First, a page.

Wednesday, March 01, 2017
The story so far.
To take being out of the ἔστιν, the “is”—was of inmost necessity to the Greeks.
For they were to be the first to take being into understanding (which for them, e.g., for Parmenides, was νοῦς, apprehension). In such a horizon was grounded their existence in the midst of beings as such.
Why, however, precisely presence—from the present tense of the verb? Because presence the most proximate and the enduring.
Opposed to nothingness—opposed to the “not” and the “no.”
The beginning necessarily an immediate assertional “yes” to continuance, constancy, and circle.
The constancy maintains itself in all variations and extension in Plato (μὴ ὄν [“nonbeing”] as ὄν [“being”]) and Aristotle (δύναμις— ἐνέργεια, κινήσις [“potentiality—actuality, motion”]).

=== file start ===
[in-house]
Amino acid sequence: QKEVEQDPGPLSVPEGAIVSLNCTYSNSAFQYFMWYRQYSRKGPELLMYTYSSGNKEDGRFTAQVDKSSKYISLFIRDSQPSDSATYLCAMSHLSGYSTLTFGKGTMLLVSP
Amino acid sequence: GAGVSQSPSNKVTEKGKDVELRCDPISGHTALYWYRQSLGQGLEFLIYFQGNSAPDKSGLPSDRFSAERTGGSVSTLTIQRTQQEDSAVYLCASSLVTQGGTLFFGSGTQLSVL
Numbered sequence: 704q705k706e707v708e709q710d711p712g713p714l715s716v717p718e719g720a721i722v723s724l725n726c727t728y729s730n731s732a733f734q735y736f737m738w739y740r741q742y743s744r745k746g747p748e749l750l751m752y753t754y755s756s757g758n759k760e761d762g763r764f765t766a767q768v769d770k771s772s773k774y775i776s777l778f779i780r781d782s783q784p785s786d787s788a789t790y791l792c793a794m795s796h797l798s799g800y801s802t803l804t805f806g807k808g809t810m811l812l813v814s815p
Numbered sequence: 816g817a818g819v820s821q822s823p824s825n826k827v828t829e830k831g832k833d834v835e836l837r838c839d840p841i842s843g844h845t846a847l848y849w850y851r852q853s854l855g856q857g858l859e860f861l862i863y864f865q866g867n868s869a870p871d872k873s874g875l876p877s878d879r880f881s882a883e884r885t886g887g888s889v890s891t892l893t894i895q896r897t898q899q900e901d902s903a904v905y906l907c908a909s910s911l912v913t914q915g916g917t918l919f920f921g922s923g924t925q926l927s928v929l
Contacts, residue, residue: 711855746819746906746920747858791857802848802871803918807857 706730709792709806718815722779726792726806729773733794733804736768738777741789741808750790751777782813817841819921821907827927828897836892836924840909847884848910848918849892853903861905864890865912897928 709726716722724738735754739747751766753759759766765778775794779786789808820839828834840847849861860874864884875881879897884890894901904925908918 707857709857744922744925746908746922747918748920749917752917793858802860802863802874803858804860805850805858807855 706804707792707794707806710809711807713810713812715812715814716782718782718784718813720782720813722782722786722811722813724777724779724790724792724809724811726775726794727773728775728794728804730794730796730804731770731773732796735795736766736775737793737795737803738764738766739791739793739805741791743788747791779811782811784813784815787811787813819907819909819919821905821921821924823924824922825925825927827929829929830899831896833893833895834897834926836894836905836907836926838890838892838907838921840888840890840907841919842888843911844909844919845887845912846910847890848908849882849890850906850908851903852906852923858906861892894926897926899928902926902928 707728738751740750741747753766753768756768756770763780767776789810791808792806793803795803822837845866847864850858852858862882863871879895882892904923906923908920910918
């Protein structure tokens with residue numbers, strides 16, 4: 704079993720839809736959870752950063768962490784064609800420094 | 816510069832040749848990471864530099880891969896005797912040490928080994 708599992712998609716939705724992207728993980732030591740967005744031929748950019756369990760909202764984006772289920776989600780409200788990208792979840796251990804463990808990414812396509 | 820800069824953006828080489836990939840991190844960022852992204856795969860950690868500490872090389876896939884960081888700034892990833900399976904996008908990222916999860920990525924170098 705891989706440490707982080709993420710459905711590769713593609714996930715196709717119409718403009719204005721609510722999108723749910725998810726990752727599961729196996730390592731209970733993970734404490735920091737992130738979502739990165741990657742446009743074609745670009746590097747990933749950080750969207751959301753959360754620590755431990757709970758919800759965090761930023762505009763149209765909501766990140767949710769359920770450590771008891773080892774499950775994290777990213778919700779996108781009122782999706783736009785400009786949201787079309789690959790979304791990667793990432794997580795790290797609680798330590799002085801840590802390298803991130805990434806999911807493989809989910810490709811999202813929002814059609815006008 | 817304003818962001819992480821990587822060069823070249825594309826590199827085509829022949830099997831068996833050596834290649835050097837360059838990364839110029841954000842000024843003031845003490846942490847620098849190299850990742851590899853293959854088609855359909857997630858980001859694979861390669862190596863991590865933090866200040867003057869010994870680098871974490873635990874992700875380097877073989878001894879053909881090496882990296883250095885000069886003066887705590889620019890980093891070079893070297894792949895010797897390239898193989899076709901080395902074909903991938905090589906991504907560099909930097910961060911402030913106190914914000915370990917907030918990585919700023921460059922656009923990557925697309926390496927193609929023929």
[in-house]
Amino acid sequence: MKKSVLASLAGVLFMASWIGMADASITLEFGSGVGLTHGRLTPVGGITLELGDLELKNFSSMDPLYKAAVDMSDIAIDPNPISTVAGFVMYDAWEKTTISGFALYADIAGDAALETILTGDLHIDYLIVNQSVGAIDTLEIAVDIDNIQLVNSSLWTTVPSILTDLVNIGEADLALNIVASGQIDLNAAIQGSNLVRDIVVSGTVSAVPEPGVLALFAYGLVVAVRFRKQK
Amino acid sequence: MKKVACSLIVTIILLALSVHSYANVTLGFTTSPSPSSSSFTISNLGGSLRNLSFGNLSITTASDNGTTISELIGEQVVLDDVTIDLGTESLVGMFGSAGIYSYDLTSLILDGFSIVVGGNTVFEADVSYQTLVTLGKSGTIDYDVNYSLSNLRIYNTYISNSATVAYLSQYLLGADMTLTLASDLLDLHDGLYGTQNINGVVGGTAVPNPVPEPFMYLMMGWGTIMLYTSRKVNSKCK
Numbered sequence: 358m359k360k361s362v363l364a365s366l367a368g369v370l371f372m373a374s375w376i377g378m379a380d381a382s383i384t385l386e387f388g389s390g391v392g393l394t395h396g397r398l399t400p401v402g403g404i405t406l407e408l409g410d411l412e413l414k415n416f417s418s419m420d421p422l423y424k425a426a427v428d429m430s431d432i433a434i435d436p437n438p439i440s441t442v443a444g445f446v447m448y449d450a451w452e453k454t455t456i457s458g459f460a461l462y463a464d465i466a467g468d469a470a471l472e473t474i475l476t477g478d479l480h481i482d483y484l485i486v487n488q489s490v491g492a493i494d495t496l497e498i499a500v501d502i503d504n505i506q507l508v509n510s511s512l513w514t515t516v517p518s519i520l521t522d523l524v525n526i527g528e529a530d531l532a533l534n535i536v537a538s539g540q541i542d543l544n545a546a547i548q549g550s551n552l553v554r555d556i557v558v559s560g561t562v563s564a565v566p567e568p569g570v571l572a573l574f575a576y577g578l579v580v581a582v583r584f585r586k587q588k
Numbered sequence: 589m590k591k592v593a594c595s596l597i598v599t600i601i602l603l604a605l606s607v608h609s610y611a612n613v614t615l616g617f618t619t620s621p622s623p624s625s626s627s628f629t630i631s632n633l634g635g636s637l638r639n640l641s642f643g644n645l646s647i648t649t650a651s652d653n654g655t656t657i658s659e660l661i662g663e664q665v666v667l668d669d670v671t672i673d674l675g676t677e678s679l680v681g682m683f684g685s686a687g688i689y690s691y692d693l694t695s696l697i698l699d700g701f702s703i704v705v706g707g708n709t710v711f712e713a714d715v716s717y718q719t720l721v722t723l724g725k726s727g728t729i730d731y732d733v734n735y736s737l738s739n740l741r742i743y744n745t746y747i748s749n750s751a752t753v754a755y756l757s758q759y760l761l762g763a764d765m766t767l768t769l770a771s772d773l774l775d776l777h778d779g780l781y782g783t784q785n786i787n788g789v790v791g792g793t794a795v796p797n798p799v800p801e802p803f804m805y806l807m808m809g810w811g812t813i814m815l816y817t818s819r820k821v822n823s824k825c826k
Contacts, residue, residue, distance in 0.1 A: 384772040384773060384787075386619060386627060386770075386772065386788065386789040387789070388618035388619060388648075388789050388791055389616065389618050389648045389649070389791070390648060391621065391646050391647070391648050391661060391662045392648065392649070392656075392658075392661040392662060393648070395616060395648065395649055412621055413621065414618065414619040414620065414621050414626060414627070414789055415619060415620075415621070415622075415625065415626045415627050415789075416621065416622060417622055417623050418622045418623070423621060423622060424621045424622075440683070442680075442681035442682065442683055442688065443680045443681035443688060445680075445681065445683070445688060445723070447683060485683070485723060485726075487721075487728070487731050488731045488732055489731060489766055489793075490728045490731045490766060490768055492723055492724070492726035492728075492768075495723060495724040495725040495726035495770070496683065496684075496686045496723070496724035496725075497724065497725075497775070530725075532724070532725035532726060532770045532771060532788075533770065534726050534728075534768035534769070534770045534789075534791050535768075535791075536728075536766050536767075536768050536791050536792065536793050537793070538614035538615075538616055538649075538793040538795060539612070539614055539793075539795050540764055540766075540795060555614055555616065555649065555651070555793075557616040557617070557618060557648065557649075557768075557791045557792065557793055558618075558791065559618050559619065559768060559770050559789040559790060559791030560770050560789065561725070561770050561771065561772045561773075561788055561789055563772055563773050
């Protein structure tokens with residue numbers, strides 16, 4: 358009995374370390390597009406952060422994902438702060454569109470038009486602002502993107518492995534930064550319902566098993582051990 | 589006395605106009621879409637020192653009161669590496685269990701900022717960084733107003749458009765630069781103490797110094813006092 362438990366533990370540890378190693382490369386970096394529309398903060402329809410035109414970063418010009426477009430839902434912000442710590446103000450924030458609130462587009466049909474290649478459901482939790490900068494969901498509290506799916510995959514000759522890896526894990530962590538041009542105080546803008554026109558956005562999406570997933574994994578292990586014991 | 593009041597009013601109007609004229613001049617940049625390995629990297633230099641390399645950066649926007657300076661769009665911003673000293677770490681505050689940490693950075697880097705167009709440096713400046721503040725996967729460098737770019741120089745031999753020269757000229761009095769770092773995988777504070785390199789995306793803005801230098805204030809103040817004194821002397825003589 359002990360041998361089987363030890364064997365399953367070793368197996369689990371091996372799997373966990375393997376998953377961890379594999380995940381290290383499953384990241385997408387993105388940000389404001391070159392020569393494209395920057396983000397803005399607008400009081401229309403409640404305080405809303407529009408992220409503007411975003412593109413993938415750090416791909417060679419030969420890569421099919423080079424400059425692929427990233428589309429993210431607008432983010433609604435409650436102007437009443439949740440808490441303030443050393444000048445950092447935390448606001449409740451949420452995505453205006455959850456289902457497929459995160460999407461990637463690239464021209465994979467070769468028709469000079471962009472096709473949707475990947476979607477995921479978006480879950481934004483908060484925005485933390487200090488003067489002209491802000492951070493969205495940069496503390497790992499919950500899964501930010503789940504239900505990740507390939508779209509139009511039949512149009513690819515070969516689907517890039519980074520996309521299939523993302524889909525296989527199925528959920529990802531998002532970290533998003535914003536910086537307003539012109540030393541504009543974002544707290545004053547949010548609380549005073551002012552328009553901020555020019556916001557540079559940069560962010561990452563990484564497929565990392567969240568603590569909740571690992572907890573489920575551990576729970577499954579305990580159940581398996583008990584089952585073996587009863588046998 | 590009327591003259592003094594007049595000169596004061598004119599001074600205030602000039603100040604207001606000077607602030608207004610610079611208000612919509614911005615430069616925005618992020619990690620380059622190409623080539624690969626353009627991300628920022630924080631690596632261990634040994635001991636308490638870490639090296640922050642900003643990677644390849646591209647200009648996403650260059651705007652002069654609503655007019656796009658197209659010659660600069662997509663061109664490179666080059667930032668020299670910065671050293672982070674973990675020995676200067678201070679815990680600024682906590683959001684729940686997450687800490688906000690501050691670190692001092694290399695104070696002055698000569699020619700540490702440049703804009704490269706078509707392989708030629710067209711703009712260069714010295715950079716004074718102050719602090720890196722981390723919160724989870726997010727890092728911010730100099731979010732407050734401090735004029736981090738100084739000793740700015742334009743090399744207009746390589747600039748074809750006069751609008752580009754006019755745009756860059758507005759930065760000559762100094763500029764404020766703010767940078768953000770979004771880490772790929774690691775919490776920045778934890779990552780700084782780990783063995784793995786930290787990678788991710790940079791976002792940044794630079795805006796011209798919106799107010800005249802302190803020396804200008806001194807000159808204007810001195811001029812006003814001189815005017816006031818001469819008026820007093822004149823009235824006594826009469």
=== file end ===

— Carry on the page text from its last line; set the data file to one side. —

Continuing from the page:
This understanding of being was incorporated by Christianity (Augustine— Thomas) into the horizon of an eternal creator-God. The understanding of being was thereby implanted into a realm of faith and became entrenched—lumen naturale [“natural light”].
Yet thereby for the first time the innermost act of beginning and questioning on the part of the Greeks was bent over toward results and—still more—toward the first truth.
The mathematical idea of knowledge at the start of modernity— itself basically ancient—now brought a grounding and new confirmation to the philosophical system. This renewed obstruction of the beginning found its conclusion in Hegel. His historical construction, which expressly took antiquity as thesis, became in this way a fortiori the suppression of the beginning.
P. 37
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